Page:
Monday, November 8, 2010

Myanmar - Top Heavy, Bottom Down and In The Wings of China

Having just returned to Australia (after being advised to get out of Myanmar before the elections results are posted), I want to comment on some observations while on a travel journey into this beautiful, fractured and brittle land.

Firstly the Military, and presumably soon to be anointed Government, hold within its power and control 80-90% of the countries wealth. Myanmar is a top heavy and no feed to the bottom economy. Underneath the military the country’s public servants and middle class have access to about 20% of the country’s wealth and remainder taking what’s left over, this grouping making up about 70-80% of the population. Like an old style Cuba and looking like it through the antiquated Toyota Coronas and Corollas servicing Yangon's taxi fleet and dominant road users; dodging potholes and broken streets. Vehicles held together with hope and not much else. A country held together with brutal dominance at the top and ‘’just let me just do my own thing’’ at the bottom.

These assertions I’ve suggested signify Myanmar’s future. The military with their connections and cronies control the country’s wealth and distribute this wealth, as seen fit. The middle classes get a share and do well (alongside professional and small to medium sized businesses who feed from the top and bottom). The majority of Myanmar’s population lead lives of continued denial (to education, health and infrastructure support) and remain in entrenched poverty. Ironically, they are tolerant, content and mostly happy (as good Buddhists do in adverse situations).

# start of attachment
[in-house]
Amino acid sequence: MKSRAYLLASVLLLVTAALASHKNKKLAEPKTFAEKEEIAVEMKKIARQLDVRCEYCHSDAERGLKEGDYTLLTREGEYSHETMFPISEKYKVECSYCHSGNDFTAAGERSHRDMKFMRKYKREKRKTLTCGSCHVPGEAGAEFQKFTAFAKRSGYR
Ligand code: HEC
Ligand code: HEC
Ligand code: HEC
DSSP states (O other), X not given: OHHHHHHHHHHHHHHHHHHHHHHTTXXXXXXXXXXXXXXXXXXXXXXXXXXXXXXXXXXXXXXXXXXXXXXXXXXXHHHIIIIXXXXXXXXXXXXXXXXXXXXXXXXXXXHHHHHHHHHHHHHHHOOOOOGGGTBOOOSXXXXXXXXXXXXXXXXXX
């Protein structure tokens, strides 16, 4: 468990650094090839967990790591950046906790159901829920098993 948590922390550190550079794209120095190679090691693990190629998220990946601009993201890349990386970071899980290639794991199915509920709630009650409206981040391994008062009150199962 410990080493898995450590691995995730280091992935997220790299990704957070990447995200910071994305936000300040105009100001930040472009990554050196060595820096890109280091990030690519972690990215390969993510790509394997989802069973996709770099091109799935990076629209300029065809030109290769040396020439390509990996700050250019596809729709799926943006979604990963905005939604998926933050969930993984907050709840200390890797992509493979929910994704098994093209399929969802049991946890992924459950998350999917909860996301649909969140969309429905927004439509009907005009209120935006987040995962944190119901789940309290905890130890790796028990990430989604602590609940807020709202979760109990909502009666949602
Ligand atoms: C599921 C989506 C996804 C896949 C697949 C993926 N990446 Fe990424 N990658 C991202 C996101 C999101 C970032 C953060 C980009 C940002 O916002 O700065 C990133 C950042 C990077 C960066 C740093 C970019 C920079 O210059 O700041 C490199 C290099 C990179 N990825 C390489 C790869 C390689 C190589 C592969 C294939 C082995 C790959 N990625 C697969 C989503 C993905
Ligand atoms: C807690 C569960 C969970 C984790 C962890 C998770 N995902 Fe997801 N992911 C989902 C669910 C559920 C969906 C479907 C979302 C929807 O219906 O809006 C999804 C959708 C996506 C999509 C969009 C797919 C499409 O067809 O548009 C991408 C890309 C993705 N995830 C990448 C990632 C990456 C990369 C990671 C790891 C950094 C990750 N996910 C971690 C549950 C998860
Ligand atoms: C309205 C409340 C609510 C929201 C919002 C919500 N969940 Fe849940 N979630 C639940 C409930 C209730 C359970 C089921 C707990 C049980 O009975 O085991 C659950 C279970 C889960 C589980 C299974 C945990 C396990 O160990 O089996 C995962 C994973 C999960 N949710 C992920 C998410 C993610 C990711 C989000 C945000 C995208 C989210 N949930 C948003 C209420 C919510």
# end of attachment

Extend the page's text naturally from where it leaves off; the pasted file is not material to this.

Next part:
Another scenario is China sitting up there to Myanmar’s north and the Indian Ocean (and access to it), waiting in the south. The Irrawaddy caresses its way through the country and within, a most valuable resource in fertile soils, climate stability, cheap labour, natural gas and water for power and irrigation. Teak forests abound and in all, too valuable to let Myanmar fall into the hands of Western styled democracies and that of wealth distributed top down as Western democracies postulate (but seldom practice).

I suggest Myanmar will remain under the influence of China, continue to do so and indefinitely enough to resist any Western styled democracy take hold. Myanmar’s military staying where it is because of convenience to remain so.

I for one would like to see the Myanmar Government realise they have a beneficial future by sharing its wealth with the 70 or so percentage of their population at the bottom and these able to share and participate in strengthening an economy less reliant on the influences of a few. Myanmar could learn from China’s modernisation and adopt some of its programs to accommodate limited and beneficial Western influences.

I doubt such an outcome and feel Myanmar will continue to drift along its slow crippled pathway of denial and entrenched poverty for its people.